Molokai Marine Receives High Honor

Almost 70 years after he fought in World War II, Marine Corps veteran and Molokai resident William Harris Jr., 87, received the Congressional Gold Medal last week for his service.

Harris was among the first 20,000 African-American Marines in the 1940s, training at Montford Point Camp in Jacksonville, N.C. The Montford Point Marines, as they were called, served in a time of racial discrimination and segregation.

“We had people from different parts of the country who, if a black came in and sat down at the table with them, they would get up and leave without finishing their meal,” said veteran Robert Talmadge in an interview with KITV News.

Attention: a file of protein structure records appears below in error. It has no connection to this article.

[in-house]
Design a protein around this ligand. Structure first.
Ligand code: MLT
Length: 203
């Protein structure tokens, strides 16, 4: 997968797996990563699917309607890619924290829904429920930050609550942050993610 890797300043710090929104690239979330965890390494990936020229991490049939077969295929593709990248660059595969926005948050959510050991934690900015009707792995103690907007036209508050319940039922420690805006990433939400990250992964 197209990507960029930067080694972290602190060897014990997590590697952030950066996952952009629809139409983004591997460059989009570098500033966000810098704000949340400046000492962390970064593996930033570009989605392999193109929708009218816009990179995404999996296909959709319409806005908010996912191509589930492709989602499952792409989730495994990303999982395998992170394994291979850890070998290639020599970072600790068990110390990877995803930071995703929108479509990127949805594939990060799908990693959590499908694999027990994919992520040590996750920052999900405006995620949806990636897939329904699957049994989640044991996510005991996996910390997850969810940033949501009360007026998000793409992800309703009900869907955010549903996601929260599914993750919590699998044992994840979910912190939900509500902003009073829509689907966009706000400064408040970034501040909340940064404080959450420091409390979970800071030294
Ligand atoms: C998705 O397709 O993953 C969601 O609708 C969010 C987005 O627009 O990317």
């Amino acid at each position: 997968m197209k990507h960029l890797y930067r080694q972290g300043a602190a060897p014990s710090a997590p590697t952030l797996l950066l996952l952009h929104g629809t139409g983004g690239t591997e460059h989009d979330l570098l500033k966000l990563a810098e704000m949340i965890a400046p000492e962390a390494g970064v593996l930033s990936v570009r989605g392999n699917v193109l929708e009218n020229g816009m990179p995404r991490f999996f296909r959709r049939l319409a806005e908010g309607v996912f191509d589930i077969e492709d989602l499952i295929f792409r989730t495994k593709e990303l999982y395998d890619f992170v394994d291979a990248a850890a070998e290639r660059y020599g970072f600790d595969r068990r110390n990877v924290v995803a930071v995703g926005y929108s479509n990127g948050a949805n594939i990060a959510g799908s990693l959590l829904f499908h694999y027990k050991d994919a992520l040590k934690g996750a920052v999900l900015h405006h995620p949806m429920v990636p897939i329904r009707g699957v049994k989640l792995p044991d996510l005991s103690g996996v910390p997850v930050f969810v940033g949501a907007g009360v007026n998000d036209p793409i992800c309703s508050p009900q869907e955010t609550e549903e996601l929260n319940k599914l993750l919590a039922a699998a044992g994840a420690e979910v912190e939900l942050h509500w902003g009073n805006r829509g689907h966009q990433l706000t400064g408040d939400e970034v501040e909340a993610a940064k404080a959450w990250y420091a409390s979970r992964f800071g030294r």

Talmadge, who joined the military in 1947, said African-American Marines paved the way for racial diversity both within and outside of the military.
“By breaking the color barrier in 1942, the Montford Point Marines became part of a rich legacy of our corps, they answered our nation’s call despite our society being deeply divided along racial lines,” said General James Amos, Marine Corps Commandant.
Congressional Medal Events were held in Washington, D.C. in June of this year to honor 400 African-American Marines who served in World War II. Because Harris and 100 other Montford Point Marines were unable to attend, the ceremony last week was held at Marine Corps Base Hawaii on Oahu.

Harris declined to comment.


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